If you follow media, you probably don’t need me to tell you that the Seattle Post-Intelligencer finally pulled the plug on its money-losing but historic print edition, and will attempt to make a go at producing a news website with a few dozen journalists. It will be a test case for other major newspapers thinking of doing the same. If they succeed in making such a venture profitable, others will surely follow. If not, others might try, or they might decide to close up shop completely.
Meanwhile, in Denver, where another city has become a one-newspaper town, former staff at the Rocky Mountain News are trying to do the same thing, even though their publisher decided not to. So they’ve made a pledge that if they can get 50,000 people to subscribe for $5 a month, they’ll start up an online newspaper.
In Canada, big papers are still here, and for the most part still profitable. But the smaller papers are dying off. Sun Media this week closed two underperforming small newspapers in Alberta, the Jasper Booster and Morinville Redwater Town & Country Examiner (UPDATE: The Edmonton Journal explores some of the lives affected by these shutdowns and other layoffs). They weren’t the first, and certainly won’t be the last small newspapers to throw in the towel in this economy where even journalism students don’t read papers and journalists are thinking of some desperate ideas to keep the business model going. While the number of consumers of information is about the same, the shift of advertising dollars is not, and that’s going to put negative pressure on people like me who would like to make a living off the collection, packaging and redistribution of information.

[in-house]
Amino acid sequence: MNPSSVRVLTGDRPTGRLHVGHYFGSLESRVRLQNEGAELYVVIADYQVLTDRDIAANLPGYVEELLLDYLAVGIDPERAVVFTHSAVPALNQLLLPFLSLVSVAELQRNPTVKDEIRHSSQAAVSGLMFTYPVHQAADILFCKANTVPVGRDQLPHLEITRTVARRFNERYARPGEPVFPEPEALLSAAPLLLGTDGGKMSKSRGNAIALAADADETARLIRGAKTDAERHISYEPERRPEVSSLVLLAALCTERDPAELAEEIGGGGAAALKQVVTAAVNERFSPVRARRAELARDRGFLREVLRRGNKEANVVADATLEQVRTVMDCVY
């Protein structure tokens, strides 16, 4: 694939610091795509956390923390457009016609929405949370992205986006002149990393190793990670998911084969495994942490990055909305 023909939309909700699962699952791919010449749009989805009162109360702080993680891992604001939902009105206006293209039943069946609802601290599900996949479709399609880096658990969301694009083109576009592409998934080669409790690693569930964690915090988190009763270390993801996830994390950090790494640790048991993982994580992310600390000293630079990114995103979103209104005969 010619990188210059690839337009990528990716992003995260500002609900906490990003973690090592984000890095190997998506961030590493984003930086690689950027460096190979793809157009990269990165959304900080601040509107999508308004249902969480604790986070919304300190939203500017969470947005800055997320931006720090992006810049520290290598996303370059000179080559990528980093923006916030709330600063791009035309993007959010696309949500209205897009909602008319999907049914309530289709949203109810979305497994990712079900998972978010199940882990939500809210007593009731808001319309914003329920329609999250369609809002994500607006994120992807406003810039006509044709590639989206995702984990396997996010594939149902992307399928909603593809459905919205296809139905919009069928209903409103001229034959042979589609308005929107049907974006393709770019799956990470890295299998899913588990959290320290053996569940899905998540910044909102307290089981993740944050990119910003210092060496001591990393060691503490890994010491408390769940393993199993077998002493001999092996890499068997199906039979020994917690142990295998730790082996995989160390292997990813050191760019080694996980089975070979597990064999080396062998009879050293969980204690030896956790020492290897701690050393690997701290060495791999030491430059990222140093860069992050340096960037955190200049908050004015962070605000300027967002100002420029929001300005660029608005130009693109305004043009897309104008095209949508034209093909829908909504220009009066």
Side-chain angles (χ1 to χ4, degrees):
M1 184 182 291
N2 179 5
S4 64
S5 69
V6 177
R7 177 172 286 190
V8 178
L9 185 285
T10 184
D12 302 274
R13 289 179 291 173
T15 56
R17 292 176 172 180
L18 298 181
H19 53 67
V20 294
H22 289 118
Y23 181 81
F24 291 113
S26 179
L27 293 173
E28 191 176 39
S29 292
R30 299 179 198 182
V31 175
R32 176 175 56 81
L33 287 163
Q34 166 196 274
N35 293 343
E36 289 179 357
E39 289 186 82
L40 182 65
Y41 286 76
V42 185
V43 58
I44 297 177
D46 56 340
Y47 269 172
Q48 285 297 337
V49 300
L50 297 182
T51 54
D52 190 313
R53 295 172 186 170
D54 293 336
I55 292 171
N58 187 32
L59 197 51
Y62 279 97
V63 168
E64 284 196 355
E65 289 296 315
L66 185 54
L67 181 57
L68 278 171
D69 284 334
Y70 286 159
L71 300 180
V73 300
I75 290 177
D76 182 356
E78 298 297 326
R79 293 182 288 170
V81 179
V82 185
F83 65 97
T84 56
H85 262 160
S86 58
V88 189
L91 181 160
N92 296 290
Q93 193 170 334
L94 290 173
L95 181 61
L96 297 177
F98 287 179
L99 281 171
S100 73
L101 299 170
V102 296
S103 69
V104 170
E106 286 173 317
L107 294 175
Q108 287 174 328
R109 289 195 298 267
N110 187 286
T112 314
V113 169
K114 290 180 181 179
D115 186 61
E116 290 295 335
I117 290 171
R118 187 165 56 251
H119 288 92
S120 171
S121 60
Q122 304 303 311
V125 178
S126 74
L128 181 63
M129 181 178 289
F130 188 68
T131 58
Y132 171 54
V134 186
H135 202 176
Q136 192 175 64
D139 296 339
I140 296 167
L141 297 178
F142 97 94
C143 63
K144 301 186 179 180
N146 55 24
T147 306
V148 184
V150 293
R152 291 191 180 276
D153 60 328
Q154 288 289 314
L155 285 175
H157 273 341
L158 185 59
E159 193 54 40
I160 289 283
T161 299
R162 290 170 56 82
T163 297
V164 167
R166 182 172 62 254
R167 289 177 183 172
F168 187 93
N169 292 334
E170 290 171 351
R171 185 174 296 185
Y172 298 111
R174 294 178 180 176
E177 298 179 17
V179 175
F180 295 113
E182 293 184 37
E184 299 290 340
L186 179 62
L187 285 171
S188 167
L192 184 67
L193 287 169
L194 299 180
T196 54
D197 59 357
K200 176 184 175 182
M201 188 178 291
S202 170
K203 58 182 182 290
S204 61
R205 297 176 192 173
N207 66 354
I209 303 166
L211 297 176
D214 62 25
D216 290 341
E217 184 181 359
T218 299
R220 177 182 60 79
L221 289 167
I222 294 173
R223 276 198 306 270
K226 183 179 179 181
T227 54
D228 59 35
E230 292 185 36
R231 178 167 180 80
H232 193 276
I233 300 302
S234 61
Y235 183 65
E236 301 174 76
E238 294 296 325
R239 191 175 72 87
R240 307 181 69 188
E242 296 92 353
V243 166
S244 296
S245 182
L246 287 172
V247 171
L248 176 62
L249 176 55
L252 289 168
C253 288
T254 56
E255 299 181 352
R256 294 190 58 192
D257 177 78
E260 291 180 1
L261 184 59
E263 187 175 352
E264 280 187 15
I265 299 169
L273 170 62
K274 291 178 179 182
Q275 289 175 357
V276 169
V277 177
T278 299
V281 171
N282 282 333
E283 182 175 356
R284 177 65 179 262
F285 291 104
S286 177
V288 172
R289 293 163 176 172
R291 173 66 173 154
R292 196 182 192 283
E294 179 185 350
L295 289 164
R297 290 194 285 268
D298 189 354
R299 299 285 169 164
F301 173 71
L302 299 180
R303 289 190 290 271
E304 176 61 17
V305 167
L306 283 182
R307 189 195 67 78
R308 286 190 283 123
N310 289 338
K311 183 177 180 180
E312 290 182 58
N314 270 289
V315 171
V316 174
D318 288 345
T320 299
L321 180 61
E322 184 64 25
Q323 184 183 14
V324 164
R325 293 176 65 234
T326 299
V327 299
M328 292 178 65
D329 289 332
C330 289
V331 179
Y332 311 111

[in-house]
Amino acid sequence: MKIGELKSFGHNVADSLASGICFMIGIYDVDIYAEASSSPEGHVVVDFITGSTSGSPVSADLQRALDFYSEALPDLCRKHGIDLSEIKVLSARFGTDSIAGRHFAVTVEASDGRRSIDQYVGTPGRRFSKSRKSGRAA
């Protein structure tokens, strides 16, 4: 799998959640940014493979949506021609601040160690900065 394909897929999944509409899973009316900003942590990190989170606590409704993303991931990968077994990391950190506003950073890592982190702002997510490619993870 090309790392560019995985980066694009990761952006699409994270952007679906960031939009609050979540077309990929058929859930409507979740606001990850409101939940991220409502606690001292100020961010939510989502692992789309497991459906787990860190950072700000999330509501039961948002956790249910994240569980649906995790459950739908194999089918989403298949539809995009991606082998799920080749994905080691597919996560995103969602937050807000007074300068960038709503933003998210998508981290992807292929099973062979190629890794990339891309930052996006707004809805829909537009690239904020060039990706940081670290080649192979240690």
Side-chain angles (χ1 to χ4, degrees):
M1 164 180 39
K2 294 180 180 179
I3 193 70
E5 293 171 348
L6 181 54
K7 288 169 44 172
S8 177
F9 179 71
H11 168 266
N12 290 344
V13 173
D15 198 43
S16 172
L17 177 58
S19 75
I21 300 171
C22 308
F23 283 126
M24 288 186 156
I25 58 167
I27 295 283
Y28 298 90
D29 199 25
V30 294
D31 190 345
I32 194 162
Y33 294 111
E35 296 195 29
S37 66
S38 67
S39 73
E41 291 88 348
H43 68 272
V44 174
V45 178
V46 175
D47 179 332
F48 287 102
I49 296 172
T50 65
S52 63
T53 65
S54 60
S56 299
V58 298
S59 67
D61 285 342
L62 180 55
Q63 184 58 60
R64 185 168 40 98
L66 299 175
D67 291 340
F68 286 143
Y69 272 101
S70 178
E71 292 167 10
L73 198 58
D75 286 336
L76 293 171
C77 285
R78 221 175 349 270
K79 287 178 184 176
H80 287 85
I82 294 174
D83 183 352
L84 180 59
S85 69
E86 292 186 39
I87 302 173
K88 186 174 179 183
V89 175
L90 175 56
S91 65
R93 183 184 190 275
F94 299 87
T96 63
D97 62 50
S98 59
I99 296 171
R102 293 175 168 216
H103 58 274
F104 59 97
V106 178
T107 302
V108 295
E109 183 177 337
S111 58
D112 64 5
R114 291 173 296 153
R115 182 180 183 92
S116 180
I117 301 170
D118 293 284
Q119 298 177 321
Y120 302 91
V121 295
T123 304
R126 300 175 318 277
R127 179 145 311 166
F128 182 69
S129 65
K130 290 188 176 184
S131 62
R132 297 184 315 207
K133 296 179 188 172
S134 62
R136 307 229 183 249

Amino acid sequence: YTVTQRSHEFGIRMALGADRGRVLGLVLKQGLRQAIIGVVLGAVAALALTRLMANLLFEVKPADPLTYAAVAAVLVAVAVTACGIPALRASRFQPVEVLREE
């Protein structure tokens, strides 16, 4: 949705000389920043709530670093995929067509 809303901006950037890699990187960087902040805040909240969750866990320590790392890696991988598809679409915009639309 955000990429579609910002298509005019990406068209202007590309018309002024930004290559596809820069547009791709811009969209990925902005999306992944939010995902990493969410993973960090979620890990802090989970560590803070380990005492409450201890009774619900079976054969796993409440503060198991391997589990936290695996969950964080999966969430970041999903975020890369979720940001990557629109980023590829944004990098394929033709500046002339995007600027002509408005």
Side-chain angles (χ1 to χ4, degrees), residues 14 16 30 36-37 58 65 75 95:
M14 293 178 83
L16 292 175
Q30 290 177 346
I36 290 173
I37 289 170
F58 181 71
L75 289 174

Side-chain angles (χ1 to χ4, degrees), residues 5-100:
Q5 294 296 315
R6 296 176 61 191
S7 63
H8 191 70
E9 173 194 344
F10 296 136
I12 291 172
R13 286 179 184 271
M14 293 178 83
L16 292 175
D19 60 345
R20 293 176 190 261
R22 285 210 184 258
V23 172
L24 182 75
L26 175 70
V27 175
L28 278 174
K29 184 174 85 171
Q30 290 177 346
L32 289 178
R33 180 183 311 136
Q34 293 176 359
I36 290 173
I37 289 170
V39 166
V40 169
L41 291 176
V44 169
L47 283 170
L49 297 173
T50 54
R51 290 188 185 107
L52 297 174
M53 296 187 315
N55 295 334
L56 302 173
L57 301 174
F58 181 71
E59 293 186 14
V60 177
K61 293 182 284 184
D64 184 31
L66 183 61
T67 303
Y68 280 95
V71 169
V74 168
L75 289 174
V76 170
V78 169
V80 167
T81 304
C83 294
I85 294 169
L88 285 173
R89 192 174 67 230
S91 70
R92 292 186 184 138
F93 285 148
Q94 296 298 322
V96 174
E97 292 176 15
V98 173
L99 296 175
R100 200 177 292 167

The trends are encouraging for journalism, but not for journalists. Plz I can haz bizniss modul nao?